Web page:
Braden Jones looks to put past behind him, start anew at SIU

By Gus Bode

Braden Jones is tired of standing in the shadow of his past.

Don’t ask the 6 foot 4 inch, 255 pound tight end about what he has been up to the past three years because he doesn’t want to talk about it.

Several run-ins with the law between 2001 and 2004 and a near career-ending injury stemming from a fight give the fifth year senior plenty to forget about.


“It has been a tough couple of years for my family,” Jones said. “I’m glad to have all that behind me.”

At nearby Harrisburg High School, Jones was a multifaceted weapon playing running back, wide receiver, tight end and safety for the 2000 Illinois class 3A state champion Bulldogs.

Jones chose Northwestern University after high school where he was moved to outside linebacker and recorded 115 career tackles in two seasons with the Wildcats.

It was during his time at Northwestern that Jones faced a series of legal battles and eventually transferred out of the school. In the spring of 2004, Jones decided to enroll at SIU and has since been on the straight and narrow.

“I am back to my old self,” Jones said. “I’m back playing football and back making straight As.”

Through two semesters, the pre-med major boasts one of the highest grade point averages on the team.

Since arriving on campus, Jones has made an impact on the football program. The versatile senior has soft hands, fast legs and a hard head.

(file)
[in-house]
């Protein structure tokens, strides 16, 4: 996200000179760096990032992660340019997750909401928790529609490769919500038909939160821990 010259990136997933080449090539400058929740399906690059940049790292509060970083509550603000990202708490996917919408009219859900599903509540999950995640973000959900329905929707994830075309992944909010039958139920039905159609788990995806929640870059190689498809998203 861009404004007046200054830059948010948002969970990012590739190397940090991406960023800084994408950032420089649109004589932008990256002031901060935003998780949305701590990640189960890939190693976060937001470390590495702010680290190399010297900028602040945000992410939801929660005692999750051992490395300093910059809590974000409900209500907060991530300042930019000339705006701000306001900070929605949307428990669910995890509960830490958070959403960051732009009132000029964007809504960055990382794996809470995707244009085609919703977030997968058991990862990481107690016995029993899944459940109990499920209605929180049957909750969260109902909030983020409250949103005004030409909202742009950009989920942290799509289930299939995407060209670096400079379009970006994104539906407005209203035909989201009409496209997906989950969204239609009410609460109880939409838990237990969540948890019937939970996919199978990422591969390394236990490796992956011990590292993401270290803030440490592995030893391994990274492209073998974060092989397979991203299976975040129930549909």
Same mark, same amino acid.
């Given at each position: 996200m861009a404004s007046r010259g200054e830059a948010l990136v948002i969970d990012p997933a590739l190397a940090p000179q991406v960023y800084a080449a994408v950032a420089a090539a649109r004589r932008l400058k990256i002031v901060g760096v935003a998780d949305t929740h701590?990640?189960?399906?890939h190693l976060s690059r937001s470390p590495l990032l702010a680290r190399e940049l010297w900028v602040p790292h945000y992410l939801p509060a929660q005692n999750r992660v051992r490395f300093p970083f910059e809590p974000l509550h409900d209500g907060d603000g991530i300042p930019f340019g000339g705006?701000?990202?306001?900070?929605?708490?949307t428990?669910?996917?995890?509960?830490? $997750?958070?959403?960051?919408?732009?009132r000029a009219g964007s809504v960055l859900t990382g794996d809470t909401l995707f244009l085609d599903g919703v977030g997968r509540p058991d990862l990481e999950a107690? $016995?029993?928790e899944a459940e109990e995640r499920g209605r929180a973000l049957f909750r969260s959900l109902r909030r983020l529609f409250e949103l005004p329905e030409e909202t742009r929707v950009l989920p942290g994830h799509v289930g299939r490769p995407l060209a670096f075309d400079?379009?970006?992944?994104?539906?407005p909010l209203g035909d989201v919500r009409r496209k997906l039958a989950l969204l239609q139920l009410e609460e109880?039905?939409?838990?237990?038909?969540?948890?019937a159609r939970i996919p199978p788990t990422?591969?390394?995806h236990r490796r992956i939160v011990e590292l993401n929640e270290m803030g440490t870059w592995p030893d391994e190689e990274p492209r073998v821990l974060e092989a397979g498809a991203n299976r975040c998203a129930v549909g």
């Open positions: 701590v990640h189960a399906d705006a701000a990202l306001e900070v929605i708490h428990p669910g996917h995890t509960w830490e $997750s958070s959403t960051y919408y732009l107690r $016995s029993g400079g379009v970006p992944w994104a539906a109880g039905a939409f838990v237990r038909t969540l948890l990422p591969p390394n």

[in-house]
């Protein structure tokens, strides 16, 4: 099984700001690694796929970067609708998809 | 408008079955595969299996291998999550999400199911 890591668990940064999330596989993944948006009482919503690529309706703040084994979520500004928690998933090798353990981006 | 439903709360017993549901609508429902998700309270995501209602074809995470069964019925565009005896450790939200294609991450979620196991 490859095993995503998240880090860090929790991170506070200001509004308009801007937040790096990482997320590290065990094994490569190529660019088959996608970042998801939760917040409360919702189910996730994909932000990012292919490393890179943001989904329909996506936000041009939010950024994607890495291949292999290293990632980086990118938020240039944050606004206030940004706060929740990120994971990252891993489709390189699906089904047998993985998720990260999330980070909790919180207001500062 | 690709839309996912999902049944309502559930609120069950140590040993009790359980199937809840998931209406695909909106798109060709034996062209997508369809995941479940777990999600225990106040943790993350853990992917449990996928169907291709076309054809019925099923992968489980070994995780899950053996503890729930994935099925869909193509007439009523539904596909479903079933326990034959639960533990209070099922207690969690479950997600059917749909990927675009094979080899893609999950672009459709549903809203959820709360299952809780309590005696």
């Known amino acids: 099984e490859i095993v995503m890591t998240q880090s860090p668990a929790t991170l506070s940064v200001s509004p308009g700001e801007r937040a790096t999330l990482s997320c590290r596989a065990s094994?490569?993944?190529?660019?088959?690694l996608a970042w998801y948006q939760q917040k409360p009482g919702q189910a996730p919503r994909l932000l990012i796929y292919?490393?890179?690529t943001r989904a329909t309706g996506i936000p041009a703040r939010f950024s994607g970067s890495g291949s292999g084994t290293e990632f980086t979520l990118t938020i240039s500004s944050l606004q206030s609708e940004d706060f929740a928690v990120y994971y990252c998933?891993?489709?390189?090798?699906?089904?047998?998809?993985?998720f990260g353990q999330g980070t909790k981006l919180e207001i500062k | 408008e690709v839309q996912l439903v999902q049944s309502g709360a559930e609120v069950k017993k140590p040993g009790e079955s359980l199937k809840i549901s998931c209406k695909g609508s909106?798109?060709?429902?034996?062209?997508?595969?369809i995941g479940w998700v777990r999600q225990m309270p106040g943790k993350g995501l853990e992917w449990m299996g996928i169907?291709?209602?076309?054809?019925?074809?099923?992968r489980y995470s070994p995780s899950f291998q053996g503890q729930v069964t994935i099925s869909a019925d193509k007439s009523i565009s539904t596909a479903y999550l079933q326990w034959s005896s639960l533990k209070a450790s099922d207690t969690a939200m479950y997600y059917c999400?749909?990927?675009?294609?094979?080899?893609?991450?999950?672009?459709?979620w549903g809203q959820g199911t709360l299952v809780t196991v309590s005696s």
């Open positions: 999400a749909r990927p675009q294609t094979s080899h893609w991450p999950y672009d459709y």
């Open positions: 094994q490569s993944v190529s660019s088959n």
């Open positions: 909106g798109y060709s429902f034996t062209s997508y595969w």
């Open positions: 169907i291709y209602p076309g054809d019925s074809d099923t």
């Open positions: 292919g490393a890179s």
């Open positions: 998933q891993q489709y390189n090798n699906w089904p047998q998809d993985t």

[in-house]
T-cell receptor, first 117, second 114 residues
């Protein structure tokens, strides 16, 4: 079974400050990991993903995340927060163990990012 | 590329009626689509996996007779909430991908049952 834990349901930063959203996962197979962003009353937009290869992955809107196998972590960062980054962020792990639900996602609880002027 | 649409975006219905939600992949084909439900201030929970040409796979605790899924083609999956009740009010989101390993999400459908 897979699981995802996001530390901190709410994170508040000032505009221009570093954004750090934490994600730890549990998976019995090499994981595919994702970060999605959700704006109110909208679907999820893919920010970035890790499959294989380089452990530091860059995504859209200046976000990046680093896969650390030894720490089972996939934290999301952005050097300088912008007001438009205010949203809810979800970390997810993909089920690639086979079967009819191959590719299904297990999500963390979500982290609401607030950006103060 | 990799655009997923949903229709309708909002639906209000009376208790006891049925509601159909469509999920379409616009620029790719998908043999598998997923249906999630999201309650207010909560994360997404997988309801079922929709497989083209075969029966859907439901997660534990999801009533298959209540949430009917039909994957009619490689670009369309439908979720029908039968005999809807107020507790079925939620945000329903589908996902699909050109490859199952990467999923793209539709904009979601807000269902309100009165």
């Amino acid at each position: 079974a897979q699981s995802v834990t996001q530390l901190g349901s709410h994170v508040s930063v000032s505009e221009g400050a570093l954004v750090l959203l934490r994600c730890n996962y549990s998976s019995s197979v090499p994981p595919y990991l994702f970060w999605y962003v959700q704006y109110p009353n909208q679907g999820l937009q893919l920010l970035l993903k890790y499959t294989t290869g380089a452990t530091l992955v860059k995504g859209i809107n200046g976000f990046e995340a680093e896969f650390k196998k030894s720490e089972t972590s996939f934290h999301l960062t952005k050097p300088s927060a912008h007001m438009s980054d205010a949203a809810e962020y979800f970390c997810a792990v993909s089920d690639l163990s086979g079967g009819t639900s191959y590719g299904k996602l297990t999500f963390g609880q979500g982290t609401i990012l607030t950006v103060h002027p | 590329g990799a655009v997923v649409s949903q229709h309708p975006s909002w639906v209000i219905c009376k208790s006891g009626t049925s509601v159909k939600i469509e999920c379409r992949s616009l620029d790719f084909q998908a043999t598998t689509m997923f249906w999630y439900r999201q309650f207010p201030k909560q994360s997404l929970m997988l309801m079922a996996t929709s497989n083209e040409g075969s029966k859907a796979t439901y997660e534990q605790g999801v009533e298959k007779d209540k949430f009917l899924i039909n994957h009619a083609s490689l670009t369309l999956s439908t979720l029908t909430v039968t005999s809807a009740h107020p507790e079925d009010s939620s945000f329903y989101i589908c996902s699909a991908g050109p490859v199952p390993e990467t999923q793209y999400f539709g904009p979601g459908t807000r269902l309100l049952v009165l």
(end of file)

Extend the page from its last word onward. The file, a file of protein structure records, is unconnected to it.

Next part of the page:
Jones’ teammates and coaches have had nothing but positive things to say of his on-field performance.

“He’s a big strong guy and he goes and gets the ball,” starting senior quarterback Joel Sambursky said.

“Braden Jones is going to be a big contributor,” junior center Will Justice said. “He plays tough every play.”

“He’s had a great camp,” said head coach Jerry Kill. “He’ll certainly be a productive player.”

Jones’ acceptance at SIU was not a complete walk in the park though. Since he did not attend classes in the fall of 2004, it was questionable whether he would be eligible to play.

NCAA rules require student athletes to complete at least six credit hours per semester toward their degree to remain eligible.

Jones worked out with the team through the spring and summer and was eventually cleared by the NCAA to play through a medical absence waiver from the Gateway conference.

His eligibility all sewn up, Jones could start thinking about how many touchdowns he will score, or how many catches he will get, but he chooses not to.

Jones said rather than worry about statistics, he will play every down and take what is presented to him.

“I just want to come in and contribute as much as possible,” Jones said. “I’m not going to let any opportunities pass me by.”

After the 2005 season, Jones may have an opportunity to lobby for another year of eligibility, but he isn’t banking on it. Jones plans to finish his pre-med degree and try to get into medical school.

Since he hasn’t taken the exam to get into medical school yet, Jones said he will not be able to attend until 2007. Until then, he said he won’t rule out a professional football career.

“That is just something, I am going to let the cards fall as they might,” Jones said. “Football is something I love doing, and if I get the opportunity to play at the next level, that’s not an opportunity I am going to pass up.”

For now, though, Jones said he is just glad to be able to play football and is not going to pass up his chance to start over.

“With (Jones’ parents) support and the coaches’ support, I am able to get a second chance, and that is something a lot of people don’t get,” Jones said.

Reporter William Ford can be reached at [email protected]